John F. S. Cabot Solicitors work mainly as independent providers of legal advice and support to both commercial and private clients, however we are happy to work in partnership with other solicitors practices or barristers chambers on client cases when required.
Principal Solicitor – John Cabot
Email John: email@example.com
Personal SRA Membership Number 0081296
Engaging John as your professional expert advisor will mean that you have retained a specialist litigator of high calibre.
John has over 35 years experience in bringing and defending claims. He is a determined and able litigation solicitor. He has excellent legal and tactical judgement. He provides his clients with expert, practical and commercial advice both in and outside the courtroom. You will find that he will protect your interests skilfully and tenaciously. If it is necessary to issue proceedings and retain counsel, John’s experience of the conduct of litigation and his knowledge of the bar is invaluable as he has instructed and worked with a wide range of barristers concerning many different types of cases (see ‘legal services’ and ‘case diary’).
John graduated from the University of Canterbury, New Zealand with a Bachelor of Arts majoring in Psychology in 1969 and a Bachelor of Laws in 1973. John was admitted to the High Court of New Zealand as a barrister and solicitor in 1974. He came to England in 1976 and was enrolled by the Law Society as a solicitor in February 1980. He worked for Cameron Markby (now CMS Cameron McKenna LLP) from 1978 to 1983 and then for Mackrell Turner Garrett as a litigation partner until 1999, when he established his own firm.
Although John’s advice is analytical and dispassionate, you will find that he has a sympathetic and helpful manner. This is because John understands the difficulties, uncertainties and anxieties that litigation brings with it, and the need to provide support in times that are generally of considerable stress to clients. Importantly, during the litigation process, you will deal only with him.
In addition, because of his New Zealand qualifications, John is frequently called on to provide advice and services in relation to agreements pursuant to the Property (Relationships) Act 1976 (“PRA”). This is the New Zealand legislation governing the division of property in matrimonial and other specified circumstances. He is one of the very few lawyers in the United Kingdom with the necessary expertise to provide the services required by the PRA.
John is also an agent for the purposes of appeals to the Judicial Committee of the Privy Council.
John does not undertake work assisted by the Community Legal Service Fund (commonly referred to as “Legal Aid”), which is run by the Legal Services Commission. Nor does he undertake work on a conditional fee basis (“no-win no-fee”).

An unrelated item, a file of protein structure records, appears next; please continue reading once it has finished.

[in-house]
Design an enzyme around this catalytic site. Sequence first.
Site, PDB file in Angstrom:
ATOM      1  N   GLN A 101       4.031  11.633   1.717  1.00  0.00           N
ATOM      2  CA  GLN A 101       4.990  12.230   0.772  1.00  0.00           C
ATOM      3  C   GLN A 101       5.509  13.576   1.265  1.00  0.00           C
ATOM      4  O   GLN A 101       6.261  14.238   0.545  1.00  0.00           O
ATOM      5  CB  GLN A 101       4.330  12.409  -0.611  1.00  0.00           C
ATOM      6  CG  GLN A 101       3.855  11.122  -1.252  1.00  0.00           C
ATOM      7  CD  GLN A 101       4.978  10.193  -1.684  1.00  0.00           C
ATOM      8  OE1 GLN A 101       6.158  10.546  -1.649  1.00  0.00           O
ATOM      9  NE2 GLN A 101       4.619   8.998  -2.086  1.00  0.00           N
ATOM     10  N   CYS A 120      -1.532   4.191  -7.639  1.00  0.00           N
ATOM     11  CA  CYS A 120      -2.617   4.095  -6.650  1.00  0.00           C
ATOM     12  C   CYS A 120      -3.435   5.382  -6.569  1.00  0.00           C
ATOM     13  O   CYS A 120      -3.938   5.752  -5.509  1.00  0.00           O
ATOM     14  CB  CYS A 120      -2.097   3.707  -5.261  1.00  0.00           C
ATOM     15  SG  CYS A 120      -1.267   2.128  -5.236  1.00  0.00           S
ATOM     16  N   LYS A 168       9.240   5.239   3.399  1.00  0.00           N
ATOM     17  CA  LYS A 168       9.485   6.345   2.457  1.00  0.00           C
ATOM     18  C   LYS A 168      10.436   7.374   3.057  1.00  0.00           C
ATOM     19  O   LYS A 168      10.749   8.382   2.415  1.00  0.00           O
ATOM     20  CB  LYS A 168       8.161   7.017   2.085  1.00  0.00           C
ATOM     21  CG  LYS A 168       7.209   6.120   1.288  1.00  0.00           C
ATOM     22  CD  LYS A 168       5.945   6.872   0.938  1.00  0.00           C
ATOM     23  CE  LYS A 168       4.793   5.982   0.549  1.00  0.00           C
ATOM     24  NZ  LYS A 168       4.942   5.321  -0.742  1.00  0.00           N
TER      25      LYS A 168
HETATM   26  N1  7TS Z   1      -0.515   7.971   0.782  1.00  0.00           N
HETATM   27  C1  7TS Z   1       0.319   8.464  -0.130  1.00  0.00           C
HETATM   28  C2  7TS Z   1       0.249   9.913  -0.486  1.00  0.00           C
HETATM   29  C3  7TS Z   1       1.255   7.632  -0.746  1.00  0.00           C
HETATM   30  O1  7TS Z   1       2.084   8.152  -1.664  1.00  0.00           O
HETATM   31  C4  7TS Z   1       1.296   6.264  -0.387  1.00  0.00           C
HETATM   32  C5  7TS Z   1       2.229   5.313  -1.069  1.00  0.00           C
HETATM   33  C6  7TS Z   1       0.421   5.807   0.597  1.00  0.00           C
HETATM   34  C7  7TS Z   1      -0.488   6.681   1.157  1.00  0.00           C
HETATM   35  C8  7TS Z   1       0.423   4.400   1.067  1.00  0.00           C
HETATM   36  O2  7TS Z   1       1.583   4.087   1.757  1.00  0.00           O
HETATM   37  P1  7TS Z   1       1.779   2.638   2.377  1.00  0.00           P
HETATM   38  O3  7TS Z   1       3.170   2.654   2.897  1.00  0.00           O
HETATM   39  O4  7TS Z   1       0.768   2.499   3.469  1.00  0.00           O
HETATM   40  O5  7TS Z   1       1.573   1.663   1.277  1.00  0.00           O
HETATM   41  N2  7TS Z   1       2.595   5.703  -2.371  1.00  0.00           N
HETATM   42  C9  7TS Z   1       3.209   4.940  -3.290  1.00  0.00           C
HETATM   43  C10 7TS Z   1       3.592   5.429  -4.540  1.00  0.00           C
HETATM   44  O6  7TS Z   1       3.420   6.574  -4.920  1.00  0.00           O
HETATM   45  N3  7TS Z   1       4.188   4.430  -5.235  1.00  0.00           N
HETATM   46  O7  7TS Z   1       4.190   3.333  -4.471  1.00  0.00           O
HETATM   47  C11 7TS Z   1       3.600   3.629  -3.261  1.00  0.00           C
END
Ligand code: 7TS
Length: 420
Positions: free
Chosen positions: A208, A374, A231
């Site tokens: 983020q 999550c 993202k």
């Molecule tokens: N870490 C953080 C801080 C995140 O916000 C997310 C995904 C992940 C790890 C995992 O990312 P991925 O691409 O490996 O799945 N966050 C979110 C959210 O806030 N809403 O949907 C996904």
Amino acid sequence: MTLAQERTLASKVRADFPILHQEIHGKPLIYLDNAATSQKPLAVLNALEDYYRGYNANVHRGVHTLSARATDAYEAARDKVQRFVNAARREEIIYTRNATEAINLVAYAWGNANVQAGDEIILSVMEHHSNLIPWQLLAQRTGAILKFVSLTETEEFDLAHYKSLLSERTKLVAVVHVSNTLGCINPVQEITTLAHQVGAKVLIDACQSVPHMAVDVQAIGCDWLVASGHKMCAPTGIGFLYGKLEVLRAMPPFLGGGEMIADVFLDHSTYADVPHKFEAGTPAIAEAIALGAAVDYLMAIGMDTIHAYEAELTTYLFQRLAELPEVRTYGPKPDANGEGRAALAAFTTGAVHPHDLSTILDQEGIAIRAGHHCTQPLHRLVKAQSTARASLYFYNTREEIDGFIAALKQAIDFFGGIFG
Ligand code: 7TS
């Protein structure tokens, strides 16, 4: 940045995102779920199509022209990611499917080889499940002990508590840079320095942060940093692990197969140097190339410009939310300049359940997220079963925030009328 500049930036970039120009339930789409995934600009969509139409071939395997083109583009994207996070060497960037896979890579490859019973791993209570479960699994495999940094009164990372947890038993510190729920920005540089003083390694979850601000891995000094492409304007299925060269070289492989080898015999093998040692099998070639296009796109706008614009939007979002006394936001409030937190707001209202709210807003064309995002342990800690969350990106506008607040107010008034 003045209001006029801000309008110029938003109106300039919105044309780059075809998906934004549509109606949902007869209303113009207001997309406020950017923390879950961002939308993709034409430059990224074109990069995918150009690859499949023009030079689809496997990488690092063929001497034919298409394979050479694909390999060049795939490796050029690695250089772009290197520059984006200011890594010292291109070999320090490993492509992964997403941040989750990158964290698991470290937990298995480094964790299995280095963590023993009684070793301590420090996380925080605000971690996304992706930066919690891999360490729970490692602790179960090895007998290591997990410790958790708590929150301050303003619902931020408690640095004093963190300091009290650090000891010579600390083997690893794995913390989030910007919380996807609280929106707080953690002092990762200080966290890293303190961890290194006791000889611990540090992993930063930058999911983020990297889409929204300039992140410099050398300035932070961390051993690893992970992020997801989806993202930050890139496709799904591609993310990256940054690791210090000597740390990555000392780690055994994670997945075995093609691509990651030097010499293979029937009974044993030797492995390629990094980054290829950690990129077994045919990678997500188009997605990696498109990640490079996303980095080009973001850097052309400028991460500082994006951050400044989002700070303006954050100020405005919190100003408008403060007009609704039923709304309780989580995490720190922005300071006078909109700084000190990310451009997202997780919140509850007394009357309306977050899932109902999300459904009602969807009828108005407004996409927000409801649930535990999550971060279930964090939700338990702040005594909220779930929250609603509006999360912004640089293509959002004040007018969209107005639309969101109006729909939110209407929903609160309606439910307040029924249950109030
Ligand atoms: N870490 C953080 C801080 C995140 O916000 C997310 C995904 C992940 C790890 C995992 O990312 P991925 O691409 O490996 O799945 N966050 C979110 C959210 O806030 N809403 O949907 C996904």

Property (Relationships) Act 1976 (New Zealand)
John Cabot is one of the few lawyers in United Kingdom with the necessary expertise to advise on and to witness and certify agreements pursuant to section 21F of the Property (Relationships) Act 1976 (“PRA”). He has provided services in dozens of such agreements since the introduction of the PRA.
The following are widely held misconceptions of this legislation:
- A party in the United Kingdom who is seeking a lawyer to provide the
relevant services pursuant to Section 21F needs to be advised by a solicitor of the High Court of New Zealand or by a lawyer that holds a current New Zealand practising certificate.
- because the agreement has been prepared by the party’s New Zealand lawyer who has already given him or her the appropriate advice in relation to it
That these views are mistaken can be seen from the wording of section 21F, the material parts of which state:
“Agreement void unless complies with certain requirements
- … an agreement entered into under section 21 or
section 21A or section 21B is void unless the requirements set out in subsections (2) to (5) are complied with.
- The agreement must be in writing and signed by both parties.
- Each party to the agreement must have independent legal advice before signing the agreement.
- The signature of each party to the agreement must be witnessed by a lawyer.
- The lawyer who witnesses the signature of a party must certify that, before that party signed the agreement, the lawyer explained to that party the effect and implications of the agreement.”
First, sub-sections 21F (4) and (5) only refer to a “lawyer” – there is no requirement in the legislation for the lawyer to be legally qualified in New Zealand (although for the advice given by the lawyer to be effective, the lawyer would have to be familiar with the PRA, and its interpretation by the courts of New Zealand).
Second, S21F (5) requires “the lawyer who witnesses the signature …” to explain to [his/her client] “the effect and implications of the agreement.” So in order to comply with S21F the lawyer witnessing the signature cannot just proceed on the basis that his client has been advised on the effect and implications of the agreement by a New Zealand based lawyer. The advice must be provided by the UK lawyer witnessing any agreement executed by any party in this jurisdiction (although the UK lawyer should discuss the agreement with any New Zealand lawyer who has been advising the relevant party in New Zealand in order to avoid duplication of effort, if possible).
You can be assured that John Cabot is familiar with the PRA, and where appropriate will liaise with your New Zealand lawyer to provide you with a cost effective service that meets the requirements of section 21(F).